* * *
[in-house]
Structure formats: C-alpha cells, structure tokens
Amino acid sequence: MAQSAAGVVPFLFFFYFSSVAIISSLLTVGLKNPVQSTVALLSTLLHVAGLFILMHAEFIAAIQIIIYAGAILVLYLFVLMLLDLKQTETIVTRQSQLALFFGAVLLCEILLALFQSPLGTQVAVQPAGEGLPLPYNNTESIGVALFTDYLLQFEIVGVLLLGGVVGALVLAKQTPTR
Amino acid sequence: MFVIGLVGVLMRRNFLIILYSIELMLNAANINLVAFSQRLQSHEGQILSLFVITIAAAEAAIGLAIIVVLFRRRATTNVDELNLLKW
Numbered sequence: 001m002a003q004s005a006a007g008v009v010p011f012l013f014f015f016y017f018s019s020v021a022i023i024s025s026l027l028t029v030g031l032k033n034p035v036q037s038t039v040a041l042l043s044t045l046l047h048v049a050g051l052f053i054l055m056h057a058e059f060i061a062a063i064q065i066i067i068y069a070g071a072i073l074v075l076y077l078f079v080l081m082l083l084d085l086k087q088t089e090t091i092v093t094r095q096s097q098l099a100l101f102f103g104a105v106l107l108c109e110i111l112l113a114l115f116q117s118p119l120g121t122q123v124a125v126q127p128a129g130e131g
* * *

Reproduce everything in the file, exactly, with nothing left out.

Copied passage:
[in-house]
Structure formats: C-alpha cells, structure tokens
Amino acid sequence: MAQSAAGVVPFLFFFYFSSVAIISSLLTVGLKNPVQSTVALLSTLLHVAGLFILMHAEFIAAIQIIIYAGAILVLYLFVLMLLDLKQTETIVTRQSQLALFFGAVLLCEILLALFQSPLGTQVAVQPAGEGLPLPYNNTESIGVALFTDYLLQFEIVGVLLLGGVVGALVLAKQTPTR
Amino acid sequence: MFVIGLVGVLMRRNFLIILYSIELMLNAANINLVAFSQRLQSHEGQILSLFVITIAAAEAAIGLAIIVVLFRRRATTNVDELNLLKW
Numbered sequence: 001m002a003q004s005a006a007g008v009v010p011f012l013f014f015f016y017f018s019s020v021a022i023i024s025s026l027l028t029v030g031l032k033n034p035v036q037s038t039v040a041l042l043s044t045l046l047h048v049a050g051l052f053i054l055m056h057a058e059f060i061a062a063i064q065i066i067i068y069a070g071a072i073l074v075l076y077l078f079v080l081m082l083l084d085l086k087q088t089e090t091i092v093t094r095q096s097q098l099a100l101f102f103g104a105v106l107l108c109e110i111l112l113a114l115f116q117s118p119l120g121t122q123v124a125v126q127p128a129g130e131g